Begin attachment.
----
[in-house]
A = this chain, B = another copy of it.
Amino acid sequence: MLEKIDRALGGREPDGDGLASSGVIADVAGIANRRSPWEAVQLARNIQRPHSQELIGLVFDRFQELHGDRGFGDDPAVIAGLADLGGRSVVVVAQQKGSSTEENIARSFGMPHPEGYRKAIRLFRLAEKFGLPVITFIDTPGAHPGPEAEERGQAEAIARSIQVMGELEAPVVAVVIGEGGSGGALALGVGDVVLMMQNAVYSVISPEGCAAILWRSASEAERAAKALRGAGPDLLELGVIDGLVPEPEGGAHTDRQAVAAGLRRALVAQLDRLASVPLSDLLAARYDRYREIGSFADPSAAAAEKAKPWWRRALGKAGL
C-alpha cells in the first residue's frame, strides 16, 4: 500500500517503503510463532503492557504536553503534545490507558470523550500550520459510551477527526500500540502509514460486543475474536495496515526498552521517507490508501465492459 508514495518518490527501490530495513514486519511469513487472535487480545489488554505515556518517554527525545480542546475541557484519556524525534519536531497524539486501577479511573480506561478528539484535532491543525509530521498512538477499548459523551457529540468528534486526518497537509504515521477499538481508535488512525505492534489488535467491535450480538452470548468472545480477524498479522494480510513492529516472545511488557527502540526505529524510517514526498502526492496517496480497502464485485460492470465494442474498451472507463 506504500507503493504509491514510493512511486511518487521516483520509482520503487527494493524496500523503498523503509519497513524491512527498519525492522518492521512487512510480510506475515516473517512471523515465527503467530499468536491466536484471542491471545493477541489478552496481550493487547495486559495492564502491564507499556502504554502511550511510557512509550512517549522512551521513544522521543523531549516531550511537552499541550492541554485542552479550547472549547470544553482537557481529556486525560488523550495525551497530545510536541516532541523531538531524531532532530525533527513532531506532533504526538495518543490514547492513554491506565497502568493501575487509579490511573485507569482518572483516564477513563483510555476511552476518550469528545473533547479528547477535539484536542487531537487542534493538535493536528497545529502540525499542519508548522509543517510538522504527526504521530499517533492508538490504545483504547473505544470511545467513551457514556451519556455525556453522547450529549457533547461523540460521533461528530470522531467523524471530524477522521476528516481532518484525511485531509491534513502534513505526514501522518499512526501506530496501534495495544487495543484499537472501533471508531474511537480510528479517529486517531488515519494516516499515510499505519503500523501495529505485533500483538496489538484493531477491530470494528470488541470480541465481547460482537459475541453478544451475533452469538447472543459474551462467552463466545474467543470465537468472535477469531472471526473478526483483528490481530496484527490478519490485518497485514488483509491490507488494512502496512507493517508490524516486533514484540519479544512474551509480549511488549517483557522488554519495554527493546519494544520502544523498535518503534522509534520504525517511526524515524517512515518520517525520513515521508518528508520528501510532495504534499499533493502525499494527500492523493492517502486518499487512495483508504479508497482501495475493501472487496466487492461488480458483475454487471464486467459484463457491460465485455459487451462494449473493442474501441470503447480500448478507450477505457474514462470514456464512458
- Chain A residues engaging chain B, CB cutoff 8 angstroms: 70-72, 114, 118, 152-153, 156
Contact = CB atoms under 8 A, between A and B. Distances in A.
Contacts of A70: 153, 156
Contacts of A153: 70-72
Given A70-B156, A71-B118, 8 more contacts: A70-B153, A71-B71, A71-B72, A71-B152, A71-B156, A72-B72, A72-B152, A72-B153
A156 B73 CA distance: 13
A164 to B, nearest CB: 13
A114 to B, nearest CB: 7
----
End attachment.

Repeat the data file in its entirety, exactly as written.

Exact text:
[in-house]
A = this chain, B = another copy of it.
Amino acid sequence: MLEKIDRALGGREPDGDGLASSGVIADVAGIANRRSPWEAVQLARNIQRPHSQELIGLVFDRFQELHGDRGFGDDPAVIAGLADLGGRSVVVVAQQKGSSTEENIARSFGMPHPEGYRKAIRLFRLAEKFGLPVITFIDTPGAHPGPEAEERGQAEAIARSIQVMGELEAPVVAVVIGEGGSGGALALGVGDVVLMMQNAVYSVISPEGCAAILWRSASEAERAAKALRGAGPDLLELGVIDGLVPEPEGGAHTDRQAVAAGLRRALVAQLDRLASVPLSDLLAARYDRYREIGSFADPSAAAAEKAKPWWRRALGKAGL
C-alpha cells in the first residue's frame, strides 16, 4: 500500500517503503510463532503492557504536553503534545490507558470523550500550520459510551477527526500500540502509514460486543475474536495496515526498552521517507490508501465492459 508514495518518490527501490530495513514486519511469513487472535487480545489488554505515556518517554527525545480542546475541557484519556524525534519536531497524539486501577479511573480506561478528539484535532491543525509530521498512538477499548459523551457529540468528534486526518497537509504515521477499538481508535488512525505492534489488535467491535450480538452470548468472545480477524498479522494480510513492529516472545511488557527502540526505529524510517514526498502526492496517496480497502464485485460492470465494442474498451472507463 506504500507503493504509491514510493512511486511518487521516483520509482520503487527494493524496500523503498523503509519497513524491512527498519525492522518492521512487512510480510506475515516473517512471523515465527503467530499468536491466536484471542491471545493477541489478552496481550493487547495486559495492564502491564507499556502504554502511550511510557512509550512517549522512551521513544522521543523531549516531550511537552499541550492541554485542552479550547472549547470544553482537557481529556486525560488523550495525551497530545510536541516532541523531538531524531532532530525533527513532531506532533504526538495518543490514547492513554491506565497502568493501575487509579490511573485507569482518572483516564477513563483510555476511552476518550469528545473533547479528547477535539484536542487531537487542534493538535493536528497545529502540525499542519508548522509543517510538522504527526504521530499517533492508538490504545483504547473505544470511545467513551457514556451519556455525556453522547450529549457533547461523540460521533461528530470522531467523524471530524477522521476528516481532518484525511485531509491534513502534513505526514501522518499512526501506530496501534495495544487495543484499537472501533471508531474511537480510528479517529486517531488515519494516516499515510499505519503500523501495529505485533500483538496489538484493531477491530470494528470488541470480541465481547460482537459475541453478544451475533452469538447472543459474551462467552463466545474467543470465537468472535477469531472471526473478526483483528490481530496484527490478519490485518497485514488483509491490507488494512502496512507493517508490524516486533514484540519479544512474551509480549511488549517483557522488554519495554527493546519494544520502544523498535518503534522509534520504525517511526524515524517512515518520517525520513515521508518528508520528501510532495504534499499533493502525499494527500492523493492517502486518499487512495483508504479508497482501495475493501472487496466487492461488480458483475454487471464486467459484463457491460465485455459487451462494449473493442474501441470503447480500448478507450477505457474514462470514456464512458
- Chain A residues engaging chain B, CB cutoff 8 angstroms: 70-72, 114, 118, 152-153, 156
Contact = CB atoms under 8 A, between A and B. Distances in A.
Contacts of A70: 153, 156
Contacts of A153: 70-72
Given A70-B156, A71-B118, 8 more contacts: A70-B153, A71-B71, A71-B72, A71-B152, A71-B156, A72-B72, A72-B152, A72-B153
A156 B73 CA distance: 13
A164 to B, nearest CB: 13
A114 to B, nearest CB: 7